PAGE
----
Sotheby’s Retail has introduced an ‘Instant Cellars’ concept, giving customers in the US and Hong Kong the chance to buy wine collections for drinking, cellaring and investment.

In the US, these cellar ‘starter packs’ range from a simple introductory cellar costing US$5,000 to a collection costing US$25,000, with two further options in-between; while only two options are, currently, available in Hong Kong.

The number of wines, choice and average bottle price changes from cellar to cellar and includes a consultation with a specialist in order to arrive at a final selection that suits the tastes of the individual.

The selection of wines available also differs slightly between the US and Hong Kong but covers all the basics of French, Italian, Australian and US fine wine

All of the cellars, once chosen, can be delivered to select US cities or within the Hong Kong SAR in 24 hours.

The options available in the US include:

  • Cellar 1 – ‘Introductory’: 50 bottles of wine with an average price of $115; the customer chooses 25 wines, two bottles of each. $5,000
  • Cellar 2 – ‘Intermediate’: 72 bottles of wine with an average price of $150; choose 36 wines, two bottles of each. $10,000
  • Cellar 3 – ‘Enjoyment’: 165 bottles of wine with an average price of $165; choose 55 wines, three bottles of each. $25,000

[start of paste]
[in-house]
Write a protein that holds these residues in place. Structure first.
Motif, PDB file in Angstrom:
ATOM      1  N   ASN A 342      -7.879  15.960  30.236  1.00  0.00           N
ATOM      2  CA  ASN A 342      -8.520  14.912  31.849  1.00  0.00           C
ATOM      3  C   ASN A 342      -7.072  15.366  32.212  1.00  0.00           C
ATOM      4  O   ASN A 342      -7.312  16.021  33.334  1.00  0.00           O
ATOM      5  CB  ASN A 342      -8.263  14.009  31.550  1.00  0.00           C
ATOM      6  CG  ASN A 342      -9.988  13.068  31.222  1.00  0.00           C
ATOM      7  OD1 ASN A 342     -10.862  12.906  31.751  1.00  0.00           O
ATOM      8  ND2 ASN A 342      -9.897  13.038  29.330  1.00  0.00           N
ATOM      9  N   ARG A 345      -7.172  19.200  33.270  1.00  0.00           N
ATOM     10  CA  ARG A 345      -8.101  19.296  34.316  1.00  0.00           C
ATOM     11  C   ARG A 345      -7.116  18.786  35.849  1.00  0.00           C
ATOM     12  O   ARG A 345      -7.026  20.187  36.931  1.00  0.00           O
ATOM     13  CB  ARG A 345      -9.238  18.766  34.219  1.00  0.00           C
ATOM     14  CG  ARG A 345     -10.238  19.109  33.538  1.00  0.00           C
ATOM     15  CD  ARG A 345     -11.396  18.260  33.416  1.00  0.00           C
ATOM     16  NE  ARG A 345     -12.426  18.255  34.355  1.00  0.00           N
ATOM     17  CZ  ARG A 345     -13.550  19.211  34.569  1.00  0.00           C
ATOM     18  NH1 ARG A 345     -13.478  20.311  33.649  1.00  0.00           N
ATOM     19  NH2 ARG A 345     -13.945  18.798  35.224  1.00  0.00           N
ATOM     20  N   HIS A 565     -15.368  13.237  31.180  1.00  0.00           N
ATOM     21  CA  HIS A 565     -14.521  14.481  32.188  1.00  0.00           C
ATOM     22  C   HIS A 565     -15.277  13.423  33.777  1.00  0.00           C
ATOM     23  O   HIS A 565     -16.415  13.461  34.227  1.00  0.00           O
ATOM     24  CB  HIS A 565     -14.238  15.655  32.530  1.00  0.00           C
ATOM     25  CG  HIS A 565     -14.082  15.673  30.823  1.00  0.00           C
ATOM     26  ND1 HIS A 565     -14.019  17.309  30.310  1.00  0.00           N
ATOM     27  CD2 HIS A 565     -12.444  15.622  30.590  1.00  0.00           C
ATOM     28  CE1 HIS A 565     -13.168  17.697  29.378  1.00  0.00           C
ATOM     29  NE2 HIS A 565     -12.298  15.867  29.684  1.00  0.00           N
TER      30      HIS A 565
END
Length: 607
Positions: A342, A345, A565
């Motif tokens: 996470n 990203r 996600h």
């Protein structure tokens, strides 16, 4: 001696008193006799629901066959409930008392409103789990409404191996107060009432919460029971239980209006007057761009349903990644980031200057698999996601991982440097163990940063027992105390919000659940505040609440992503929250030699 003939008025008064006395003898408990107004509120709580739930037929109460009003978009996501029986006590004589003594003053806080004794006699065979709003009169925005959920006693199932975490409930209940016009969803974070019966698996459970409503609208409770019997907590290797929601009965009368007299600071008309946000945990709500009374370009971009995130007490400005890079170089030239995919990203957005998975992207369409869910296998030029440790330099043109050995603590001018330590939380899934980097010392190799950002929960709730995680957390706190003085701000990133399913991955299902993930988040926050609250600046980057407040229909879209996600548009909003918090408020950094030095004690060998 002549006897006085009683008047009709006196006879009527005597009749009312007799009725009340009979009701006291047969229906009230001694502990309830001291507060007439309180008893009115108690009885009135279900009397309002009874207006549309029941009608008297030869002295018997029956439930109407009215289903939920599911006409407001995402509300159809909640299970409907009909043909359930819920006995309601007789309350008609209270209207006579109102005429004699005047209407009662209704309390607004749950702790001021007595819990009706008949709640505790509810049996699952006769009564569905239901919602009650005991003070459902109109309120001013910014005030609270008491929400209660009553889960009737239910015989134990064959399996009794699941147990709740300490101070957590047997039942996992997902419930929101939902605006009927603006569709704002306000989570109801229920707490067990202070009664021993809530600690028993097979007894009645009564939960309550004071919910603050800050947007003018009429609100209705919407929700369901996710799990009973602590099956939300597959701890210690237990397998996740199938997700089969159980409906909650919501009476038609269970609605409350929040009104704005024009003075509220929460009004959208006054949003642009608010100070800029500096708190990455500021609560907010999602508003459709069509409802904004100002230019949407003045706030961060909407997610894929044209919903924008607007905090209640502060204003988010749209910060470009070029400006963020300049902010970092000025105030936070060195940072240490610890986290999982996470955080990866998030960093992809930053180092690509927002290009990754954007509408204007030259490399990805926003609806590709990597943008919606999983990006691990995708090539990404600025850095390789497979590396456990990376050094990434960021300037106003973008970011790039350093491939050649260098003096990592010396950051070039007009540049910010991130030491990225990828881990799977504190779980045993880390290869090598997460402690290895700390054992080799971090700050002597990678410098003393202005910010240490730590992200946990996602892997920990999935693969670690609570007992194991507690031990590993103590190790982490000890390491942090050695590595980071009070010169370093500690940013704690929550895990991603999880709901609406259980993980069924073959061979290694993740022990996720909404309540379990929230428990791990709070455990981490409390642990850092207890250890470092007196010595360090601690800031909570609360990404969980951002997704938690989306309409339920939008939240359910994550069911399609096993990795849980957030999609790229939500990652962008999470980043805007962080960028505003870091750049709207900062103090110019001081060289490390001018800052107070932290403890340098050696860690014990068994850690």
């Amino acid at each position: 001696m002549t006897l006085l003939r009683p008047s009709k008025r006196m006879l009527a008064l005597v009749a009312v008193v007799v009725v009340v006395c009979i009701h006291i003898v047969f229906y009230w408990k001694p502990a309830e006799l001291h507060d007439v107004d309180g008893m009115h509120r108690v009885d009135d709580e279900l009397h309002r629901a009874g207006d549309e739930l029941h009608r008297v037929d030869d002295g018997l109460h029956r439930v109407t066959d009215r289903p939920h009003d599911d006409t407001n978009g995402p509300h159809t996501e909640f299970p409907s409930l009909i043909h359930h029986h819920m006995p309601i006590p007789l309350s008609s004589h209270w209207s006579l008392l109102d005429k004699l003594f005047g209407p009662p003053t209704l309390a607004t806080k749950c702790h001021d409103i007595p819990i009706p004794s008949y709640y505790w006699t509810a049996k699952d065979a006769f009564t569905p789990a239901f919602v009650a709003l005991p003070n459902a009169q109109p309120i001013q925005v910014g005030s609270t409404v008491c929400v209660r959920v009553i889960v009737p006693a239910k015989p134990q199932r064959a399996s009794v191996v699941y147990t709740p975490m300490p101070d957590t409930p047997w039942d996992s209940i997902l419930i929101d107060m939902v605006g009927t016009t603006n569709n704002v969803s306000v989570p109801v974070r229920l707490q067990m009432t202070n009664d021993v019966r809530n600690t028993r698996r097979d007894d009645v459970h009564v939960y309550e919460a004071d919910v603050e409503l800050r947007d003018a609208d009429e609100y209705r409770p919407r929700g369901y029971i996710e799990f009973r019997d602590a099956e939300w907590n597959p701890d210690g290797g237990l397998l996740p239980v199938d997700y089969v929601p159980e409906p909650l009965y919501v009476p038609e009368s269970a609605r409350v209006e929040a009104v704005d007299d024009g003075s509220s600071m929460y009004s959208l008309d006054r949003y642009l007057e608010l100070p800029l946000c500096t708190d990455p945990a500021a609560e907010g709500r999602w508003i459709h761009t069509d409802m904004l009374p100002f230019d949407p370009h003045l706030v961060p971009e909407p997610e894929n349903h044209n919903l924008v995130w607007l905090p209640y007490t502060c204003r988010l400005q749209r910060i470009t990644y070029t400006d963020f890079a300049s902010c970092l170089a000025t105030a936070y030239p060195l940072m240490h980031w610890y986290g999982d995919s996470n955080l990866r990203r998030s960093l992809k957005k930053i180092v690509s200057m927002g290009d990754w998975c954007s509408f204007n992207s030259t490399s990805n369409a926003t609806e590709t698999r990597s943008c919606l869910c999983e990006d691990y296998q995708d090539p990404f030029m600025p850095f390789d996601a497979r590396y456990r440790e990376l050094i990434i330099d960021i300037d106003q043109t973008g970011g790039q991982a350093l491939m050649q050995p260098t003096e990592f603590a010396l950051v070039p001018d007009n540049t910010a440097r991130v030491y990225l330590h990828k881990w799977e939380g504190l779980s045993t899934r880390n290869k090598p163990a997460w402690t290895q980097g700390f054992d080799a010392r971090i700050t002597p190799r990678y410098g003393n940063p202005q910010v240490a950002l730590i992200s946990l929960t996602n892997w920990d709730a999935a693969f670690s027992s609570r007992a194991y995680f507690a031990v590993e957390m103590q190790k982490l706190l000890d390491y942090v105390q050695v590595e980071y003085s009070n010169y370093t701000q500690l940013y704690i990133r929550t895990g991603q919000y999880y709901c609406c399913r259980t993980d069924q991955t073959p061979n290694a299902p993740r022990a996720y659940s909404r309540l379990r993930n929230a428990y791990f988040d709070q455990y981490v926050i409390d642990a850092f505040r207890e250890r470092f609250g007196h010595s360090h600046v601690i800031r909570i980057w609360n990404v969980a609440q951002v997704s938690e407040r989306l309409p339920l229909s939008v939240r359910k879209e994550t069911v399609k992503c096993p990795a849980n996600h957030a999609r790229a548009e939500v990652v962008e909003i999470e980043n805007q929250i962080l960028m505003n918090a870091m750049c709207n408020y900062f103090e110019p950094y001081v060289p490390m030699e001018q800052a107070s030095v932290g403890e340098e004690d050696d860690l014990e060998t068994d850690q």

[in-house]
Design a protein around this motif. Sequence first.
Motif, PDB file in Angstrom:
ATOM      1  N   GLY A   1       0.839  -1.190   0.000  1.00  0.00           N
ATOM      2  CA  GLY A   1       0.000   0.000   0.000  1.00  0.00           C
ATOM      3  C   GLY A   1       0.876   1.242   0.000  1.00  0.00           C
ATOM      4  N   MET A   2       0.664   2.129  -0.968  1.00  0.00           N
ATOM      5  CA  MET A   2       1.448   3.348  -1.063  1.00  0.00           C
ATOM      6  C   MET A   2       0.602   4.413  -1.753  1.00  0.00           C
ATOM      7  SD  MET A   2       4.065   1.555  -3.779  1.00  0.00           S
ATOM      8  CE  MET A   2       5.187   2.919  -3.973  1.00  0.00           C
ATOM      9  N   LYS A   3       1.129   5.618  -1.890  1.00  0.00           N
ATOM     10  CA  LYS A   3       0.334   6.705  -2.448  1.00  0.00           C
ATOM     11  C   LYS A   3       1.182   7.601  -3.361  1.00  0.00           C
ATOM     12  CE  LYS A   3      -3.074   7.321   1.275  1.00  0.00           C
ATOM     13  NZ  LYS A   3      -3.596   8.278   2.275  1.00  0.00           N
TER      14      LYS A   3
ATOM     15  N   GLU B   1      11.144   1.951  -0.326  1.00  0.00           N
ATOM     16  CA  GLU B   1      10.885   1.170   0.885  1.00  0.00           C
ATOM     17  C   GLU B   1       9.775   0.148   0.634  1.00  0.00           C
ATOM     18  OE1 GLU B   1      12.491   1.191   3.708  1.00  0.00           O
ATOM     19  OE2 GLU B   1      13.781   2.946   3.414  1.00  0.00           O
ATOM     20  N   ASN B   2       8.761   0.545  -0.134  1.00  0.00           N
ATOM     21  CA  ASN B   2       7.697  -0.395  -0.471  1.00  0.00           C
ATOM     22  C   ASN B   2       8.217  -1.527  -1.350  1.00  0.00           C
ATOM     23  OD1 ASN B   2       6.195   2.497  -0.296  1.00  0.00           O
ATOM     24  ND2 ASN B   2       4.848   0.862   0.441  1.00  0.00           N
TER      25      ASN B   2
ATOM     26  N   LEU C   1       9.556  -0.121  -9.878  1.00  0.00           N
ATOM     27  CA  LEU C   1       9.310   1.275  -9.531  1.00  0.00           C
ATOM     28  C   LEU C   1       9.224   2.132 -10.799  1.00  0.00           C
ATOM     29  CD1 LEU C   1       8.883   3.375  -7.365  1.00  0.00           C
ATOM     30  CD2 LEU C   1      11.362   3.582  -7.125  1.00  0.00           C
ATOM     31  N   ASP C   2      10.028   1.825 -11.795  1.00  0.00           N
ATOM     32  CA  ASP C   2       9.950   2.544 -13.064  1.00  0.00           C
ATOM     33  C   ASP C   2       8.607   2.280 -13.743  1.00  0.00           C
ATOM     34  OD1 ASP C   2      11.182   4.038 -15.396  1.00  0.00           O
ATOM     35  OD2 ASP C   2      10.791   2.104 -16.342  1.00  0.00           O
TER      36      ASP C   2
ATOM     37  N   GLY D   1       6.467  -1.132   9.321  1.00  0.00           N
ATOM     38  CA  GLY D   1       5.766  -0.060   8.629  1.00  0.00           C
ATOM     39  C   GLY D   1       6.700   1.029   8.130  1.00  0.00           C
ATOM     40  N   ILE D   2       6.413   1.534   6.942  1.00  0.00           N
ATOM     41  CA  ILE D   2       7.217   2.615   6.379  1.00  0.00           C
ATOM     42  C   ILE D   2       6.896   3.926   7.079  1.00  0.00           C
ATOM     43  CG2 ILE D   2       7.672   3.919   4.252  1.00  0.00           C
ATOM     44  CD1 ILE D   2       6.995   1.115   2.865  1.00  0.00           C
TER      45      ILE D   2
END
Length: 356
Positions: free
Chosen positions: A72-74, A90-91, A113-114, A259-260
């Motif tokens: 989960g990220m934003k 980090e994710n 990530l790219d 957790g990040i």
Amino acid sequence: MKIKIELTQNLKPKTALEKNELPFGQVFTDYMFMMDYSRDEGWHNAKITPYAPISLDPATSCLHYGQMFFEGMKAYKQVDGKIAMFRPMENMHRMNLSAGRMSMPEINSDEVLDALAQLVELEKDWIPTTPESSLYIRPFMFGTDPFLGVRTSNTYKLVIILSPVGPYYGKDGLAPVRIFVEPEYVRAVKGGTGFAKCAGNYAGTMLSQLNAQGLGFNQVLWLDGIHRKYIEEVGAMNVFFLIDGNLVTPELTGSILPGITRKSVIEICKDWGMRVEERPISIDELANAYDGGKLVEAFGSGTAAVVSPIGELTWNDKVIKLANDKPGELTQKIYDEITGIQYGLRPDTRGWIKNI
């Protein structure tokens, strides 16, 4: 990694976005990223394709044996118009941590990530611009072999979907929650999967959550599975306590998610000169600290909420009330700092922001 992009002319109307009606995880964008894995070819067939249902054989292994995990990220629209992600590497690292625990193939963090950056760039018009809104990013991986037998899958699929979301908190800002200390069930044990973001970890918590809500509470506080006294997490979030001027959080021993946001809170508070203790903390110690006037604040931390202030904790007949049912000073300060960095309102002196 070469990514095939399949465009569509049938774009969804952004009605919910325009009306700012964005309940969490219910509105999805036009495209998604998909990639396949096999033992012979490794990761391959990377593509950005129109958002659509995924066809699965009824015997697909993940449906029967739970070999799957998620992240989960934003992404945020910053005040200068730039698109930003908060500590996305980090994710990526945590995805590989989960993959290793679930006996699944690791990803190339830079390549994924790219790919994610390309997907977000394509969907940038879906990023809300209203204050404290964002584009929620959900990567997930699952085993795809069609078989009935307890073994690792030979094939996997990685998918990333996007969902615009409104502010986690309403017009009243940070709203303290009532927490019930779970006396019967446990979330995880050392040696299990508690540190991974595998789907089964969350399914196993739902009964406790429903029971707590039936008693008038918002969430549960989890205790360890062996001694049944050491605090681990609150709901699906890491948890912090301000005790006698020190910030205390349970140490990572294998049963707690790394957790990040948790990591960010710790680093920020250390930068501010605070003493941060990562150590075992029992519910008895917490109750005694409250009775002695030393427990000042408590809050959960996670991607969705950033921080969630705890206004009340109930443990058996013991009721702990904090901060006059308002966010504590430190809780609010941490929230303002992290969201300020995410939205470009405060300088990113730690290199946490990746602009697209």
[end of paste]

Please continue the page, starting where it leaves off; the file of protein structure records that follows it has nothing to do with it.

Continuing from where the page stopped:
• Cellar 4 – ‘Investment’: 90 bottles of wine with an average price of $300; choose 15 wines, six bottles of each. $25,000

The full list of wines for each cellar include:

  • Cellar 1 – 2004 Dom Ruinart; Bernard-Bonin 2015 Meursault Vieilles Vignes; 2009 Branaire-Ducru; 1996 Calon-Ségur; 2005 Langoa Barton; 2009 Montrose; 2014 Denis Bachelet Gevrey Chambertin Vieilles Vignes; 2013 Aldo Conterno Barolo Bussia; 2013 Ulysses.
  • Cellar 2 adds – 2008 Louis Roederer; 2010 Climens; 2013 Pavillon Blanc; 2014 Bonneau du Martray Corton Charlemagne; 2011 Comtes Lafon, Volnay; 2006 Forts de Latour; 2013 Ornellaia; 2013 Claude Dugat, Gevrey Chambertin.
  • Cellar 3 adds – 2009 Dom Peerignon (Tokujin Yoshioka edition); 2002 Pol Roger Winston Churchill; 2013 Aile d’Argent; 2015 Domaine Leflaive, Puligny Montrachet Clavoillon 1er Cru; 2009 Hosanna; 2001 Léoville Las Cases; 2005 Vieux Château Certan; 2005 Montrose; 2007 Prieuré-Roch, Nuits Saint Georges Clos des Corvees; 2011 Solaia and 2013 Araujo.
  • Cellar 4 – 2012 Angélus; 2009 Pontet Canet; 2014 Geroges Roumier, Chambolle Musigny; 2009 Pavillon Rouge; 2008 La Mission Haut-Brion; 2015 Robert Groffier, Chambolle Musigny Les Hauts-Doix 1er cru.

Here is the breakdown – The US$5,000 entry-level instant cellar includes some of the best French Burgundy and Bordeaux, as well as Napa Valley Cabernet Sauvignon and Italian Barolo. At the high-end of the spectrum, Sotheby’s offers two US$25,000 cellars, which give potential buyers a chance to purchase either a range of top-flight wines for “enjoyment” or a more select group of top red Burgundy and Bordeaux for investment.

The “enjoyment” cellar, as Sotheby’s has dubbed it, includes 55 different wines, for a total of 165 bottles. The range of wines chosen is designed to give future collectors a chance to explore and discover what kinds of grapes, regions, and styles they prefer. Fans of white Burgundy, for example, have eleven selections to try, offering the chance to compare styles of winemakers and different vintages.

The cellar includes two white Burgundies produced by Domaine Leflaive in 2015, a Bourgogne Blanc, which is the most generic appellation for white wine in Burgundy, and a selection of premier cru, a designation in Burgundy a notch below the top-tier Grand Cru that’s only given to single vineyard wines.